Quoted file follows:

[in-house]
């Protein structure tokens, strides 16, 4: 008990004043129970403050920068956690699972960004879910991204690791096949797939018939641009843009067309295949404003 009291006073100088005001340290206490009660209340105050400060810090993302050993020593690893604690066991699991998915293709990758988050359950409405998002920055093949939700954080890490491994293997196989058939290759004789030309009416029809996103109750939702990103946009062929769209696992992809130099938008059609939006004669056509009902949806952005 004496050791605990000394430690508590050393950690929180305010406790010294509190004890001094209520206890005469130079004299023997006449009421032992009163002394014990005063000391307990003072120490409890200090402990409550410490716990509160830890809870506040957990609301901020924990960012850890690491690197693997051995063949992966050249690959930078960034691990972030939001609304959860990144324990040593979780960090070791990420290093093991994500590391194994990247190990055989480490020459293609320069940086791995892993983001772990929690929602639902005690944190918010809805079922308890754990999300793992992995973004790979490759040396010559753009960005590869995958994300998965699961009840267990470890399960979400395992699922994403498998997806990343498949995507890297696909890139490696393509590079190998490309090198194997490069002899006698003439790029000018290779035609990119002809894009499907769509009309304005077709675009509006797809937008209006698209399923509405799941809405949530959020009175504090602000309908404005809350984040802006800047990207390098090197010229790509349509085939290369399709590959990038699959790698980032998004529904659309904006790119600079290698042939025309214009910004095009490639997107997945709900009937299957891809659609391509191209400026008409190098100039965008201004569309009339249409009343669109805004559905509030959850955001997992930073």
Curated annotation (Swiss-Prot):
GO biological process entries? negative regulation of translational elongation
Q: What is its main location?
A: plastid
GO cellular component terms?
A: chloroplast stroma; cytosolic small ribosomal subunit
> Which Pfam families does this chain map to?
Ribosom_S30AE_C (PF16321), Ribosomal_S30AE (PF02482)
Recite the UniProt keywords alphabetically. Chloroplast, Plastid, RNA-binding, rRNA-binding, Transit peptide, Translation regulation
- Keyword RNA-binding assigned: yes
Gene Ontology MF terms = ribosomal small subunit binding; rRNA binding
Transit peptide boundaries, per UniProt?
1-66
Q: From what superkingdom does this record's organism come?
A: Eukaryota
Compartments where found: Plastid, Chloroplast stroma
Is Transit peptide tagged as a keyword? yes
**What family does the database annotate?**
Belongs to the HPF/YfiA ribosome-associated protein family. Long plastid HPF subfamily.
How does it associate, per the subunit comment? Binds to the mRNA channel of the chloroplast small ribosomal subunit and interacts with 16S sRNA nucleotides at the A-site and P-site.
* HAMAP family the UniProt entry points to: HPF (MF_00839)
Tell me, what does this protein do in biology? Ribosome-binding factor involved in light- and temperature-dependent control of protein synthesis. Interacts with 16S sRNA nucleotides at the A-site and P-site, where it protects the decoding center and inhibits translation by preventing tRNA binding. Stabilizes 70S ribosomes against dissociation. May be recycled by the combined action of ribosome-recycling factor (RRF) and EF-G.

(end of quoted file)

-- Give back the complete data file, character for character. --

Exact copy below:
[in-house]
């Protein structure tokens, strides 16, 4: 008990004043129970403050920068956690699972960004879910991204690791096949797939018939641009843009067309295949404003 009291006073100088005001340290206490009660209340105050400060810090993302050993020593690893604690066991699991998915293709990758988050359950409405998002920055093949939700954080890490491994293997196989058939290759004789030309009416029809996103109750939702990103946009062929769209696992992809130099938008059609939006004669056509009902949806952005 004496050791605990000394430690508590050393950690929180305010406790010294509190004890001094209520206890005469130079004299023997006449009421032992009163002394014990005063000391307990003072120490409890200090402990409550410490716990509160830890809870506040957990609301901020924990960012850890690491690197693997051995063949992966050249690959930078960034691990972030939001609304959860990144324990040593979780960090070791990420290093093991994500590391194994990247190990055989480490020459293609320069940086791995892993983001772990929690929602639902005690944190918010809805079922308890754990999300793992992995973004790979490759040396010559753009960005590869995958994300998965699961009840267990470890399960979400395992699922994403498998997806990343498949995507890297696909890139490696393509590079190998490309090198194997490069002899006698003439790029000018290779035609990119002809894009499907769509009309304005077709675009509006797809937008209006698209399923509405799941809405949530959020009175504090602000309908404005809350984040802006800047990207390098090197010229790509349509085939290369399709590959990038699959790698980032998004529904659309904006790119600079290698042939025309214009910004095009490639997107997945709900009937299957891809659609391509191209400026008409190098100039965008201004569309009339249409009343669109805004559905509030959850955001997992930073």
Curated annotation (Swiss-Prot):
GO biological process entries? negative regulation of translational elongation
Q: What is its main location?
A: plastid
GO cellular component terms?
A: chloroplast stroma; cytosolic small ribosomal subunit
> Which Pfam families does this chain map to?
Ribosom_S30AE_C (PF16321), Ribosomal_S30AE (PF02482)
Recite the UniProt keywords alphabetically. Chloroplast, Plastid, RNA-binding, rRNA-binding, Transit peptide, Translation regulation
- Keyword RNA-binding assigned: yes
Gene Ontology MF terms = ribosomal small subunit binding; rRNA binding
Transit peptide boundaries, per UniProt?
1-66
Q: From what superkingdom does this record's organism come?
A: Eukaryota
Compartments where found: Plastid, Chloroplast stroma
Is Transit peptide tagged as a keyword? yes
**What family does the database annotate?**
Belongs to the HPF/YfiA ribosome-associated protein family. Long plastid HPF subfamily.
How does it associate, per the subunit comment? Binds to the mRNA channel of the chloroplast small ribosomal subunit and interacts with 16S sRNA nucleotides at the A-site and P-site.
* HAMAP family the UniProt entry points to: HPF (MF_00839)
Tell me, what does this protein do in biology? Ribosome-binding factor involved in light- and temperature-dependent control of protein synthesis. Interacts with 16S sRNA nucleotides at the A-site and P-site, where it protects the decoding center and inhibits translation by preventing tRNA binding. Stabilizes 70S ribosomes against dissociation. May be recycled by the combined action of ribosome-recycling factor (RRF) and EF-G.